The Battles of Lexington & Concord – the first military engagements of the American Revolutionary War – took place on April 19, 1775. “Concord Hymn” is an 1837 poem by Ralph Waldo Emerson, written for the dedication of a memorial to the Battle of Concord. Emerson’s grandfather, Reverend William Emerson, Sr., had personally witnessed the battle at Concord’s North Bridge from his house which stood less than a hundred paces away. In his poem, Ralph Waldo Emerson immortalized the first shot fired at the North Bridge as the “shot heard ’round the world.” But it was actually the second battle of the day, following a brief fight at dawn on Lexington Common, after which the British regulars proceeded on to Concord.
By the rude bridge that arched the flood,
Their flag to April’s breeze unfurled,
Here once the embattled farmers stood,
And fired the shot heard round the world.
The foe long since in silence slept;
Alike the conqueror silent sleeps;
And Time the ruined bridge has swept
Down the dark stream which seaward creeps.
On this green bank, by this soft stream,
We set to-day a votive stone;
That memory may their deed redeem,
When, like our sires, our sons are gone.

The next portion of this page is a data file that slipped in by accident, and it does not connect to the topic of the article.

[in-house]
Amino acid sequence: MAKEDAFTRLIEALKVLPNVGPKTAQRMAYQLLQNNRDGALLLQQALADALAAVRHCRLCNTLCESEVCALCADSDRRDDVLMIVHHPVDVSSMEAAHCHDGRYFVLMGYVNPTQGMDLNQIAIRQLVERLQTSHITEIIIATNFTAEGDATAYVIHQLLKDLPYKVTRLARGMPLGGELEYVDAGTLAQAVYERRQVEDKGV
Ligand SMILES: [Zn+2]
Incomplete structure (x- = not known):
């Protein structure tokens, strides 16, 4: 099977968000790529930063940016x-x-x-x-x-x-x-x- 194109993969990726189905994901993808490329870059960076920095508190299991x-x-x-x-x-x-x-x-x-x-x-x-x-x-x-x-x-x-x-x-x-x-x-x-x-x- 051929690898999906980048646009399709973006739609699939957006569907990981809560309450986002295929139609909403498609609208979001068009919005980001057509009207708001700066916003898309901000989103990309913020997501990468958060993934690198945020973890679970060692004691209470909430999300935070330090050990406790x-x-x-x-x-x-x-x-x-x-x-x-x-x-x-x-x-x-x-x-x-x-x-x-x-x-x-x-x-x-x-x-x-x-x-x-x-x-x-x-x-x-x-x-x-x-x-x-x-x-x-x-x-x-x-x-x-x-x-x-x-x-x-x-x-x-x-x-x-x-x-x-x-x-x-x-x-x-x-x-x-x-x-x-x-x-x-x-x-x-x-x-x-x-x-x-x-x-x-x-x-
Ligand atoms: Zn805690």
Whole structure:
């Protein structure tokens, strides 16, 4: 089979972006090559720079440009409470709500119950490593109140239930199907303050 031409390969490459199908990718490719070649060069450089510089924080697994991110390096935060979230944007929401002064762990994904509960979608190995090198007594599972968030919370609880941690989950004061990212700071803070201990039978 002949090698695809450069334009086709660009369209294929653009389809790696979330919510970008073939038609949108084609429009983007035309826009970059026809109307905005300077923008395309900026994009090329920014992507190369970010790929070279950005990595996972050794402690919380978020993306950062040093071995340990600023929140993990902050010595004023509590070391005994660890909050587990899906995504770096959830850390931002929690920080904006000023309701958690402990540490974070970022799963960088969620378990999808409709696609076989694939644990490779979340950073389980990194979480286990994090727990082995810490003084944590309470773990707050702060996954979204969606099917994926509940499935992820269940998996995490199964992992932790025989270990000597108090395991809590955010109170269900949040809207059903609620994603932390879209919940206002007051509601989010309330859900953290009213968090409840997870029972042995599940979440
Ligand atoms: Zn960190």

Spirit, that made those spirits dare,
To die, and leave their children free,
Bid Time and Nature gently spare
The shaft we raise to them and thee.
Minute Man National Historical Park was created by an act of Congress in 1959 to preserve and interpret the historic sites, structures, properties and landscapes associated with the opening of the American Revolution at Concord’s North Bridge and along the “Battle Road Trail” between Lexington and Concord. The Park, with its restored colonial sites and structures, and its knowledgeable staff, is a valuable resource for teachers and students of American history. Ranger-guided and self-guided field trips to the park bring the story of April 19, 1775 to life for students and connect classroom lessons to memorable field experiences. The park’s website also contains some historical information and answers to FAQs.